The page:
Protecting a sound or melody as a trade mark is challenging—applicants must not only accurately represent their sign in a way that meets the expectations of their local Trade Mark Registry, but also prove their sound, noise or jingle is sufficiently distinctive to justify protection.

In this second of a series of posts, we continue our discussion of the diverse approaches to registering sound marks in different jurisdictions and the challenges applicants face. Read Part 1 here.

Sound Marks in Brazil

The Brazilian trade mark system protects signs capable of being visually perceptible provided they distinguish the goods or services of one enterprise from the goods or services of other enterprises.

Despite having this visual requirement—which would in principle exclude non-conventional marks such as sounds from trademark protection—the Brazilian legal system is malleable, permitting the registration of certain non-traditional marks such as holograms, motions, gestural and position marks.

To date, there are no sound mark registrations in Brazil because currently the registry has taken the view that they are not allowable. However, trademarks consisting of sounds, scents, colours per se and combinations of colours can be safeguarded by unfair competition rules. “Article 124, VIII, of the IP Law—colours and their names, except when arranged or combined in an unusual and distinctive manner;” Distinctive combination of colours used as marks can be registered. For example: Registration No. 006088244, owned by Visa International Service Association.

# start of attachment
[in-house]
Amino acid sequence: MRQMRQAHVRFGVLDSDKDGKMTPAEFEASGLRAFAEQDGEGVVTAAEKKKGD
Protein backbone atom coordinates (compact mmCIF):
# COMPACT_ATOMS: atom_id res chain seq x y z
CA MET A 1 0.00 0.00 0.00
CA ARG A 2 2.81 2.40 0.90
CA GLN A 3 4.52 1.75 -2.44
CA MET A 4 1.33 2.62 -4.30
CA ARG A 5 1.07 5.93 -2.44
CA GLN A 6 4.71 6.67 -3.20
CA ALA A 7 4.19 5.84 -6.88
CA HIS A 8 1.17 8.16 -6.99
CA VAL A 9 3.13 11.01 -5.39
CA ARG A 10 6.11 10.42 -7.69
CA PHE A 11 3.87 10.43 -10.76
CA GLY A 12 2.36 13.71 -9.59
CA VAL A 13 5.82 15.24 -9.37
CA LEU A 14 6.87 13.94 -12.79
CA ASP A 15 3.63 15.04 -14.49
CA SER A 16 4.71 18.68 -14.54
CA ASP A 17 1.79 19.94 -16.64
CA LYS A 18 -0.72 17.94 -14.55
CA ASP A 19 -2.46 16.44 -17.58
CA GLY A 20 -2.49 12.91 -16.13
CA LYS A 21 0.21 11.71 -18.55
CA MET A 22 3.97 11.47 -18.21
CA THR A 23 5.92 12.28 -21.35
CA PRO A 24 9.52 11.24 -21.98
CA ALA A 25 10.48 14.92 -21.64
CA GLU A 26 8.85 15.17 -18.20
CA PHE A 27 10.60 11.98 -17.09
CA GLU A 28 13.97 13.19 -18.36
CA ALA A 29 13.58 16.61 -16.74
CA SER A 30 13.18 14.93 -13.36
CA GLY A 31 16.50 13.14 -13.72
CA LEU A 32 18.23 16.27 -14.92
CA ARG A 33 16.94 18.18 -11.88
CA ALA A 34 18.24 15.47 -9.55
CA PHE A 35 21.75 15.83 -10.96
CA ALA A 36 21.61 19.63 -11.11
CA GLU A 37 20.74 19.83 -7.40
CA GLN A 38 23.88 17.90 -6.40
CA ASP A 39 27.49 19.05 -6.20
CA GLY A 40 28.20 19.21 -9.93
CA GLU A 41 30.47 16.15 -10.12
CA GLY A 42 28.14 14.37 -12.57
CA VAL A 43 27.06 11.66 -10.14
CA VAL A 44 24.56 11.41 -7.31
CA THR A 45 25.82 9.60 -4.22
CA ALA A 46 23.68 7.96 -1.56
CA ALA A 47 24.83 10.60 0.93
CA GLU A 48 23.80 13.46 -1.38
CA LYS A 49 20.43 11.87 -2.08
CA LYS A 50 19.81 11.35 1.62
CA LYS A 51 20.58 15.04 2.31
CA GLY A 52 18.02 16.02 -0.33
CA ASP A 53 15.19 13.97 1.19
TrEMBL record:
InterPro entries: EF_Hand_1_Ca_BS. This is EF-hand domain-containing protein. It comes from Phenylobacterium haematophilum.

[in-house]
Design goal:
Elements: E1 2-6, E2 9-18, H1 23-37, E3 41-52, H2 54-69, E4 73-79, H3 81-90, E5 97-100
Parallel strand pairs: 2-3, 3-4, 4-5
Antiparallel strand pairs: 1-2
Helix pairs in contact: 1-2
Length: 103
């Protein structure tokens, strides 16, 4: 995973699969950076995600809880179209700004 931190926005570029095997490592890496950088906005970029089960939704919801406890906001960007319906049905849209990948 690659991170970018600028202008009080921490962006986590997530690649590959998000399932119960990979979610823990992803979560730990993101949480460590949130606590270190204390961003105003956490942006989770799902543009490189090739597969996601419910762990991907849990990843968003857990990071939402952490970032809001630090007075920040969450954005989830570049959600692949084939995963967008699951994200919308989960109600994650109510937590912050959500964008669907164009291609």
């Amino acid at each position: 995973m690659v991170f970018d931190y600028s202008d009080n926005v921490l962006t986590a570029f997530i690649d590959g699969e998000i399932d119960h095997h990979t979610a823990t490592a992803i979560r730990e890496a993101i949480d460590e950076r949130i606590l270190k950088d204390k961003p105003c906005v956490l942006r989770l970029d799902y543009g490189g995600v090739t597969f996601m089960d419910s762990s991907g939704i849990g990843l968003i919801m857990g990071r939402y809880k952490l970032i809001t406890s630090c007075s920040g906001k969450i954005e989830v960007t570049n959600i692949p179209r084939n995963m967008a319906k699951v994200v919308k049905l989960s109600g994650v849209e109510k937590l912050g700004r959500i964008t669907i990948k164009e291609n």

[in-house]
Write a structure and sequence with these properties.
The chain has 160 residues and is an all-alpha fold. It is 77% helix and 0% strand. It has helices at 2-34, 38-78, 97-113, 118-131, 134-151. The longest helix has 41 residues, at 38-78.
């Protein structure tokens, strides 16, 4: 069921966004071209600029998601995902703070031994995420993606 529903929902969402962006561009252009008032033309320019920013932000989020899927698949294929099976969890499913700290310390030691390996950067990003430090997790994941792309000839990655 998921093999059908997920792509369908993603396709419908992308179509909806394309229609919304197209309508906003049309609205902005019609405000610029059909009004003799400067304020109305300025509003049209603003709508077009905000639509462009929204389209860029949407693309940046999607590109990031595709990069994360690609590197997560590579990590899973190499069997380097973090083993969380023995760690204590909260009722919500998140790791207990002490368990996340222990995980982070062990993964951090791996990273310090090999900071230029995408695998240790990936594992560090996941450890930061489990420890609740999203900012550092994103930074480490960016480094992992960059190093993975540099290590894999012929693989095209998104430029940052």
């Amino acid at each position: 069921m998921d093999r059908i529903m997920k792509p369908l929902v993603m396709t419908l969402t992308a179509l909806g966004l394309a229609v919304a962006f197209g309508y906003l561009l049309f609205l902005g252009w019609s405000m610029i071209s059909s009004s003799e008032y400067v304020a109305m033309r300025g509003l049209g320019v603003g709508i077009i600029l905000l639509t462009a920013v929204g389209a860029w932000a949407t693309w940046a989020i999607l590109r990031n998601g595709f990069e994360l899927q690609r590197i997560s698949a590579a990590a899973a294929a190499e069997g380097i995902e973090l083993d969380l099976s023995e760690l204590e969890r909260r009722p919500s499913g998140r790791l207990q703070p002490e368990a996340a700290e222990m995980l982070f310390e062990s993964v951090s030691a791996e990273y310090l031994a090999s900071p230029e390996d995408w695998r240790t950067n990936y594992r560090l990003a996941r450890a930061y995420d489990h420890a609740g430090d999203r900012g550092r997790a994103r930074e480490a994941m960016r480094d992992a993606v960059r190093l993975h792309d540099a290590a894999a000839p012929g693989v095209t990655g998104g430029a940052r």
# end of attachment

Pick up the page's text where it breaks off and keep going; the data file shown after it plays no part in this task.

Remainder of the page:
Protection against unfair competition practices is broadly applied in Brazil, protecting, for instance, the goodwill associated with trademarks. The local legislation aims to protect brand owner investment in trade mark protection and avoid any abuse of the trade mark system such as for example, free riding.

Some local commentators argue that the requirement that trademarks be “visually perceptible” in Brazil should be understood as being similar to the European requirement of graphical representation. This would potentially make room for non-traditional marks such as sounds or smells to be eligible for trade mark protection in Brazil. However, the Brazilian system is currently not subject to the “graphical representation” requirement and the Trade Mark Registry (INPI) would need to update its manual of trade mark practice and the respective examination guidelines, amongst other procedural measures.

Interestingly, the draft agreement of the Free Trade Area of the Americas has recommended that its members do not follow the “visually perceptible” requirement for trade mark applications which could potentially indicate the Brazilian system is moving towards the European approach. Approved in 2003.

The Brazilian trademark system is therefore one in evolution when it comes to non-conventional trademarks. Although a sound mark does not currently qualify for trademark protection, it might be eligible for registration in the future provided the “visually perceptible” requirement moves closer to the European model.

Sources:  Art 2 European Trade Marks Directive 2008/95/EC